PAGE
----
Monday, February 12, 2007

Why Michel Therrien Is A Poor Coach Of The Year Pick

A few days ago, I wrote that I think Jacques Lemaire of the Minnesota Wild is the coach of the year so far. I had two comments (one from RC Robert L of Eyes on The Prize and one from earthlypowers) that were pushing Michel Therrien as coach of the year. I think the idea of Therrien as coach of the year is a common, but poor one.

I think the best definition of coach of the year is the coach who's coaching creates the most wins for his club (as opposed to those wins created by the players). It is not easy to evaluate how many wins a coach produces (it's not even easy to evaluate how many wins a star player produces), so this leads to a relatively wide range of opinions.

Far too often, in order to incorrectly simplify the problem, the coach of the year goes to the coach of the most improved team. The improvement may come from coaching (a much better argument if this is the coach's first year with the club), but more often than not it comes from the improvement of the players on the team. There is no better way to make an average coach look great then to give him a young, talented, improving core of players. There is no team in the NHL that has a better core of young, talented, improving players than Pittsburgh. Given a competent (but not spectacular) coach this team would improve by leaps and bounds.

Earthlypowers writes in my comments section (in support of Therrien):

Michel Therrien is defenitely the coach of the year right now. Granted the Pens have a talented young group but all of them are just learning. Malkin-rookie, Staal-rookie, Crosby 2nd year, Fleury, Whitney, Malone etc. Not much experience there. Who is instilling the discipline, the work ethic and teaching all these kids the NHL level game? Of course they improved, they couldnt be any worse than they were last year, but Therrien has taught them a system and given them belief in the system and themselves. Give him the respect he deserves, the Pens are not only improved but look for them to go deep into the playoffs.

He lays out a very talented group of young players and then asks where the experience is. The experience comes from players such as Mark Recchi and Sergei Gonchar. However, I dispute that a team needs experience to win. There are several examples throughout history of young cores with little experience that won. For example, when Ottawa jumped from a last place 41 points to 77 points and a playoff spot (no overtime loss points in those days) in 1996/97 who provided the experience (I suppose the best answer is Randy Cunneyworth and Steve Duchesne - two players of lesser impact than Recchi and Gonchar). Teams with talented, young, improving cores make large leaps forward regularly and they often do it with a limited level of experience on the roster. There is no need for experience to significantly improve, if you have the talent. Thus, there is no need to explain a lack of it.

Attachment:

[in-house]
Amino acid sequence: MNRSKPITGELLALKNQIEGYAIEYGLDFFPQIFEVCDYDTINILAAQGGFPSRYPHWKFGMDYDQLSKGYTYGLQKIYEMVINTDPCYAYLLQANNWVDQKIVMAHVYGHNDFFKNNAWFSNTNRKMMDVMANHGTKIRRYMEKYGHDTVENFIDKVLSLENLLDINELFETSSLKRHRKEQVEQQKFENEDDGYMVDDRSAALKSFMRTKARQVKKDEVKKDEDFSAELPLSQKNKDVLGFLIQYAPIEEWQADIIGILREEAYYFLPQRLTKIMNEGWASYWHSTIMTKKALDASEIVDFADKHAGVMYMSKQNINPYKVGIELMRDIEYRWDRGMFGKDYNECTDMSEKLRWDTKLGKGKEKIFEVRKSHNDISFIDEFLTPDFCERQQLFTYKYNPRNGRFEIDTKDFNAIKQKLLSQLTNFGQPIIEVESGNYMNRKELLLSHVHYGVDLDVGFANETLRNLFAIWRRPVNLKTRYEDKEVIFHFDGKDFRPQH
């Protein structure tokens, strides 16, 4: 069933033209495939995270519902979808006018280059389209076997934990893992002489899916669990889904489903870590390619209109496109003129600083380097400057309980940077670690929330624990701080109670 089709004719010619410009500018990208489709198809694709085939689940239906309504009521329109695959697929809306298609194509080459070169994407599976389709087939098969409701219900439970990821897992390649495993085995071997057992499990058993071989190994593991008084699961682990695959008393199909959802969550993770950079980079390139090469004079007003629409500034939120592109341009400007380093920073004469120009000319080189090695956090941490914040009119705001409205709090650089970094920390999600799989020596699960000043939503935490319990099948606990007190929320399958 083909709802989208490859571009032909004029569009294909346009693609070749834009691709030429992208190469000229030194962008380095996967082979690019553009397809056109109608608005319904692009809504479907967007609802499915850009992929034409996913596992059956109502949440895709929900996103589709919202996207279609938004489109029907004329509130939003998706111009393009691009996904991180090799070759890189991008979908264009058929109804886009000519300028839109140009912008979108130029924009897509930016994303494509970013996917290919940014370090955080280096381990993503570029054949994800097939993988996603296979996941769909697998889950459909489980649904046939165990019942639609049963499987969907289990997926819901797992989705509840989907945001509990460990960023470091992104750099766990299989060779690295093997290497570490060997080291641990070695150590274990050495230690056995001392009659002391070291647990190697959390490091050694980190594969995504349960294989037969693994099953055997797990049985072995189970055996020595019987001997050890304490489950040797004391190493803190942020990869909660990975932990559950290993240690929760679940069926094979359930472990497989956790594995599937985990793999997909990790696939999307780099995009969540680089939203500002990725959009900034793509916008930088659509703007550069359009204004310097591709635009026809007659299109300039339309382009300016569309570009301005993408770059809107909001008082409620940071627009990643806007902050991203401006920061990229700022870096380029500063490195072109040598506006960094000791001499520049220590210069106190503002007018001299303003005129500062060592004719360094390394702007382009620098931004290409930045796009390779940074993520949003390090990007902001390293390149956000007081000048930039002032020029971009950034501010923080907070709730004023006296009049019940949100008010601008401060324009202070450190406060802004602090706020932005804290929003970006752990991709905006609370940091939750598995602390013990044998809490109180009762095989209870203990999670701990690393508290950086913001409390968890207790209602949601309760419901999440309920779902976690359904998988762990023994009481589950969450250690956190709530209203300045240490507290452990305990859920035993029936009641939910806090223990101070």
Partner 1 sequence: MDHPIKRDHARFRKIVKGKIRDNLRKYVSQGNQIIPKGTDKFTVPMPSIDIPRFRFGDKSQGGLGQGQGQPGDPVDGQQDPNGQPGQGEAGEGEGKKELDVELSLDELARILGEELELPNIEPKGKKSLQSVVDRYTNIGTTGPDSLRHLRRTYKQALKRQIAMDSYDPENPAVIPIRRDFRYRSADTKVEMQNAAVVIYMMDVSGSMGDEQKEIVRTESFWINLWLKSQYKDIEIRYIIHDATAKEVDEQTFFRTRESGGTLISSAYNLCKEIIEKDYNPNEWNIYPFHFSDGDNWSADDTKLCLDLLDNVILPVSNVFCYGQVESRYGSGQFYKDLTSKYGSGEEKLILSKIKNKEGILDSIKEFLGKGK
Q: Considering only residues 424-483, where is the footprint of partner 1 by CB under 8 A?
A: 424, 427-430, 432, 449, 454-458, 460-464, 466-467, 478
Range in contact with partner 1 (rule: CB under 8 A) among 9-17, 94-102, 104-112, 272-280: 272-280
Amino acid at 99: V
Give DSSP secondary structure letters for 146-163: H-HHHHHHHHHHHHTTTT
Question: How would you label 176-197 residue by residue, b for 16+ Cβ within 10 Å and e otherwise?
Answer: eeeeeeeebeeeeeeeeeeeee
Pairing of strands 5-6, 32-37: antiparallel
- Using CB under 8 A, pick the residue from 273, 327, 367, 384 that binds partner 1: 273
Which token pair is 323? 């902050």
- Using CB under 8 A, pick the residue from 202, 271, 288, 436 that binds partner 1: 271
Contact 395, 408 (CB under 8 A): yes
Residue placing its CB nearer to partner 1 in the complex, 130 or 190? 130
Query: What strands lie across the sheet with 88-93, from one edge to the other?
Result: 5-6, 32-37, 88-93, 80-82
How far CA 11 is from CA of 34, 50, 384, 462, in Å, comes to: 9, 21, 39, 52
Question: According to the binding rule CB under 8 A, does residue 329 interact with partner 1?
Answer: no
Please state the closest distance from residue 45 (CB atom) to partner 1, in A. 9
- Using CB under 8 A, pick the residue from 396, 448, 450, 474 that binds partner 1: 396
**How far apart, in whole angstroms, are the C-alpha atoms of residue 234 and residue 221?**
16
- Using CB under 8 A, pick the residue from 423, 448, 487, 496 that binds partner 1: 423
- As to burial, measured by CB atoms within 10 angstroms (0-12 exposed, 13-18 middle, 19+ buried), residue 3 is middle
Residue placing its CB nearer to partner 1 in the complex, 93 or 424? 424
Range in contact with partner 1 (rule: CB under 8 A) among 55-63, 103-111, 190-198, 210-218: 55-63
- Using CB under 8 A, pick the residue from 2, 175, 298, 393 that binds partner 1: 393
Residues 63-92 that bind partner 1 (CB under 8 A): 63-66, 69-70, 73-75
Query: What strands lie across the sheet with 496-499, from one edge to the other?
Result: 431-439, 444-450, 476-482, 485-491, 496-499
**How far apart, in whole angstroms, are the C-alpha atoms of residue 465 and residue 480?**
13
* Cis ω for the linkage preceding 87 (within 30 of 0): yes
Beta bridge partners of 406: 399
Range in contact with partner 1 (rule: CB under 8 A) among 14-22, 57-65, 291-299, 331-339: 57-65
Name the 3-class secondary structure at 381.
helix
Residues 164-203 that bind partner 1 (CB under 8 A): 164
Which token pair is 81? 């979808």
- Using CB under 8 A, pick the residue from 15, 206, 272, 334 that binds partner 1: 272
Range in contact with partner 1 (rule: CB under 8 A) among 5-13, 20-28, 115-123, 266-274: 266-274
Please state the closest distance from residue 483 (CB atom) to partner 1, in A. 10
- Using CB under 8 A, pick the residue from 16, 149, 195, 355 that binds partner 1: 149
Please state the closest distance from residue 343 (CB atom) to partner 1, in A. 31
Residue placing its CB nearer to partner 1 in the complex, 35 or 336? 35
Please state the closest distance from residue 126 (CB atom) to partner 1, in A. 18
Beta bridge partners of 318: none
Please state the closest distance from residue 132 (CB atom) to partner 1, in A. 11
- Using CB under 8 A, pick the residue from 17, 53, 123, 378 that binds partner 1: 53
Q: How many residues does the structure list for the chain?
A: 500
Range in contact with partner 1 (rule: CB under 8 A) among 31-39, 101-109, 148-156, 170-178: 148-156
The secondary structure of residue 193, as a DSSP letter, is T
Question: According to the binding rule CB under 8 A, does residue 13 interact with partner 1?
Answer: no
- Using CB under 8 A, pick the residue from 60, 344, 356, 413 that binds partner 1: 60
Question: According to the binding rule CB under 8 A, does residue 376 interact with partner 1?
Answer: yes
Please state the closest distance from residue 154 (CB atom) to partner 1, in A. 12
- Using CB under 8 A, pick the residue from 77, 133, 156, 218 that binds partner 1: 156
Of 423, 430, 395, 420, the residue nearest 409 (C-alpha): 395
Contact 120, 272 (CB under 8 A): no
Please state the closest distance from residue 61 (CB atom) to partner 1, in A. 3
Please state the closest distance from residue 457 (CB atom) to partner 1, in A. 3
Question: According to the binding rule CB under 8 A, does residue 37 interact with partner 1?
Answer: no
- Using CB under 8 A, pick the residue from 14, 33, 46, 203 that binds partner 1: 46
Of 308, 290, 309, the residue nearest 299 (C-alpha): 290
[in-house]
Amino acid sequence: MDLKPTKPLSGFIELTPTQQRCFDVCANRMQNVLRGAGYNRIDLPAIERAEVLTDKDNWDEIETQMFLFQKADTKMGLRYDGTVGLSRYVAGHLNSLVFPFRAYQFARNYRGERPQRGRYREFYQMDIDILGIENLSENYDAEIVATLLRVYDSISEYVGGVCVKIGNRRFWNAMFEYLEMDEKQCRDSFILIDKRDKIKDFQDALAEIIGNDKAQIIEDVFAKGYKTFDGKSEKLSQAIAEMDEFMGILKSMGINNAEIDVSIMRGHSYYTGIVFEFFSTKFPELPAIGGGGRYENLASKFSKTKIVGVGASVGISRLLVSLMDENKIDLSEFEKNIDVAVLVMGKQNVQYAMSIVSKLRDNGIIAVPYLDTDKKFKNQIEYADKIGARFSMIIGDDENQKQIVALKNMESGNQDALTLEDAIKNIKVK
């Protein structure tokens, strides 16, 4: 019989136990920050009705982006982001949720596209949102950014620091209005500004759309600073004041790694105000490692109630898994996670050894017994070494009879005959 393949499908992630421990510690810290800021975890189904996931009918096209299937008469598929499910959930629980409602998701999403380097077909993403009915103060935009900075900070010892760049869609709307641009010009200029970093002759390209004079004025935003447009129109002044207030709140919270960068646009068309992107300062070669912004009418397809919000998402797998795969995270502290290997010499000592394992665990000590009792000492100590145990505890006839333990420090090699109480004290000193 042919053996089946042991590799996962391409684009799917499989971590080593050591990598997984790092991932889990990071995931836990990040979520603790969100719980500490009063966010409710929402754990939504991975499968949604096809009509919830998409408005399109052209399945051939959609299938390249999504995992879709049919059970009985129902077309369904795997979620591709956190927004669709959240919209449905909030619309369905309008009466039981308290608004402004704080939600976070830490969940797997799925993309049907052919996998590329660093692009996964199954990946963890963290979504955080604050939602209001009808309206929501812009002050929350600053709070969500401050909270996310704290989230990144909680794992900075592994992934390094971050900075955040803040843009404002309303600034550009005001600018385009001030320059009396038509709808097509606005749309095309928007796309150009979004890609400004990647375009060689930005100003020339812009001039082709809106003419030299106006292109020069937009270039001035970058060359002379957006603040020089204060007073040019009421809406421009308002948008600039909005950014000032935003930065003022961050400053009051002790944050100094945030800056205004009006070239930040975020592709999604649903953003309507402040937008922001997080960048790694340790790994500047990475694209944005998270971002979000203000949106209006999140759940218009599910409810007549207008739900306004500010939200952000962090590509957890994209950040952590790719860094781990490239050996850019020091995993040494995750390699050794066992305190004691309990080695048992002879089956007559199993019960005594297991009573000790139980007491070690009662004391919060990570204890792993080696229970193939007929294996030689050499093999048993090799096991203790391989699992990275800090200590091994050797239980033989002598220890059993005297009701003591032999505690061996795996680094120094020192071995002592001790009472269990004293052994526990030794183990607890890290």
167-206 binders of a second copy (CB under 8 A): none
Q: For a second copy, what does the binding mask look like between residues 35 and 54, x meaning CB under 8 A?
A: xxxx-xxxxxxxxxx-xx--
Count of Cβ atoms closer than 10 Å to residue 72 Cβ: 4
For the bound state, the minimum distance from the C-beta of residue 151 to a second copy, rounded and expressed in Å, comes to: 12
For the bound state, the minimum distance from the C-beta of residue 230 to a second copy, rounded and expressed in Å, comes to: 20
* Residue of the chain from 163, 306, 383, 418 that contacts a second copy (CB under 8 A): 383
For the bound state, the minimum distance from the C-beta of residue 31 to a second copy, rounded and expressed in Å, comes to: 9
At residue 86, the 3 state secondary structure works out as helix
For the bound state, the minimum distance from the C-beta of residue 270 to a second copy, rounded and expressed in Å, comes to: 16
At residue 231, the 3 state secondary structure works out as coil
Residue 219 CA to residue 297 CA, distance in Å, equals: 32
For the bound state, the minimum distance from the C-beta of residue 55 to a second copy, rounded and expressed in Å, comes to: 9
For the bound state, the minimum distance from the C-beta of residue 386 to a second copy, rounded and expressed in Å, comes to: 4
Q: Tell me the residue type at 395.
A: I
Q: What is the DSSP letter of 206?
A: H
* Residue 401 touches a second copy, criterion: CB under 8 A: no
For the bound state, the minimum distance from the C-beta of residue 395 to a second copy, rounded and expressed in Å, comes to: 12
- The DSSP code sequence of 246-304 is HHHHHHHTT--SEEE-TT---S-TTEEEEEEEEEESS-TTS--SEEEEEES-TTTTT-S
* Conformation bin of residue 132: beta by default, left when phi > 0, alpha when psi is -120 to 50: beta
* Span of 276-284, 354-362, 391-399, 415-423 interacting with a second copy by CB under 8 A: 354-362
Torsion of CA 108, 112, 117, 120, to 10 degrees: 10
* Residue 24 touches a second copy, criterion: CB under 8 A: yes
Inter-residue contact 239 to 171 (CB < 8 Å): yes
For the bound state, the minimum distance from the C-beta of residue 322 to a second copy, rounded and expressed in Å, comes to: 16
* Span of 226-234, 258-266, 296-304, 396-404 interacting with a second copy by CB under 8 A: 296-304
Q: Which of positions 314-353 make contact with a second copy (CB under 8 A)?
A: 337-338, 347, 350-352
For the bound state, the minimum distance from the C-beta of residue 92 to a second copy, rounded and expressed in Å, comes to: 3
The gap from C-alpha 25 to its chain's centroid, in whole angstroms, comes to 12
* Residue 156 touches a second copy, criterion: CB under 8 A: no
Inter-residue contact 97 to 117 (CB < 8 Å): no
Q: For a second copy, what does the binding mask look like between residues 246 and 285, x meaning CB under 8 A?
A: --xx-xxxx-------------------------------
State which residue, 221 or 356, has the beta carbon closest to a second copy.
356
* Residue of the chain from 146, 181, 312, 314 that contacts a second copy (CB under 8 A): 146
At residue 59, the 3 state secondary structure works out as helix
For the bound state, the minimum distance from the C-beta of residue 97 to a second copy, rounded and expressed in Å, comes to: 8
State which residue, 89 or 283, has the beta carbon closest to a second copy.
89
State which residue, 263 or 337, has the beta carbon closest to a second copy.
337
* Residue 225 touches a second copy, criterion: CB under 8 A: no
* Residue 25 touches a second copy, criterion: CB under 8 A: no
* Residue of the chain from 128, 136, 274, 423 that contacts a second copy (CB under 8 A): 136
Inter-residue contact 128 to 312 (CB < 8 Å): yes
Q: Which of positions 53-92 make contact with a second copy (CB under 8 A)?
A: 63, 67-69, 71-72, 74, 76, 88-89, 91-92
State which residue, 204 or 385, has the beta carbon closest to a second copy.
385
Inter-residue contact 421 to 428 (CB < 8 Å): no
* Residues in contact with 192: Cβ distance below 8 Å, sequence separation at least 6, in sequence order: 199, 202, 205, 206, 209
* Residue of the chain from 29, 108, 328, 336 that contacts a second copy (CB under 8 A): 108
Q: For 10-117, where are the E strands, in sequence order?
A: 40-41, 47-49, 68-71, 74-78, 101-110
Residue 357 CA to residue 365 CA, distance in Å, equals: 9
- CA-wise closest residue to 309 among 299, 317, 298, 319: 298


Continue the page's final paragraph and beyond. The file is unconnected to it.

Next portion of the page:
He goes on to ask Who is instilling the discipline, the work ethic and teaching all these kids the NHL level game? To some degree, the coach is. That is his job. If he is a competent, unspectacular coach he should be able to do this. However, players do not get as good as Crosby, Malkin etc. without usually having already learned discipline, work ethic and having a good idea how to play hockey at a high level.

Want a much more damning review of Therrien the coach? As recently as January 12th NBC Sports was writing that Michel Therrien should be fired. If somebody really is coach of the year, there should be no calls for his firing at mid-season. What has happened since then is a winning streak, but coach of the year should not be one winning streak away from calls for his firing.

The whole idea of picking a coach of the year as coach of the most improved team only makes sense if the coach didn't coach the team last year. Therrien did coach Pittsburgh for a large portion of last season (51 games). The improvement we see is from a team coached by Therrien most of the year to one coached by him all of the year. It doesn't seem like Therrien is the best explanation for the differences.

All that said, I think the poor method of picking coach of the year as coach of the most improved team will likely lead to Michel Therrien getting an Adams nomination. I will predict the nominees as Ted Nolan, Michel Therrien and whichever coach finishes first overall. Should the Islanders fade down the stretch and Pittsburgh continue to get hot, Therrien may actually win the coach of the year. That doesn't make him a good choice. He is lucky to be in a situation where an average coaching performance will lead to a remarkable improvement in his team. Replace Therrien with another average level NHL coach and you will see the same results. It is not coaching that is leading to the Penguins improvement. The Penguins improvement should not lead to the coach getting the credit as coach of the year.

Therrien is a much better coach than you or NBC sports thinks he is.

It is not the two rookies and the odd FA signing that has changed Pittsburgh's fortunes. If you recall Therrien's rant on his D at this point last season and look at where they are now, you will see the difference he made.

Choosing Therrien for the Adams is a worthy choice.
It is not the two rookies and the odd FA signing that has changed Pittsburgh's fortunes

Its the fact that Sidney Crosby has developed into the top scorer in the NHL and Evgeni Malkin is the top rookie and M A Fleury has become a solid goalie and Ryan Whitney has become a very good defender that has changed Pittsburgh's fortunes. They have a core of improving young stars and that is enough to improve any team.
Post a Comment

<< Home

This page is powered by Blogger. Isn't yours?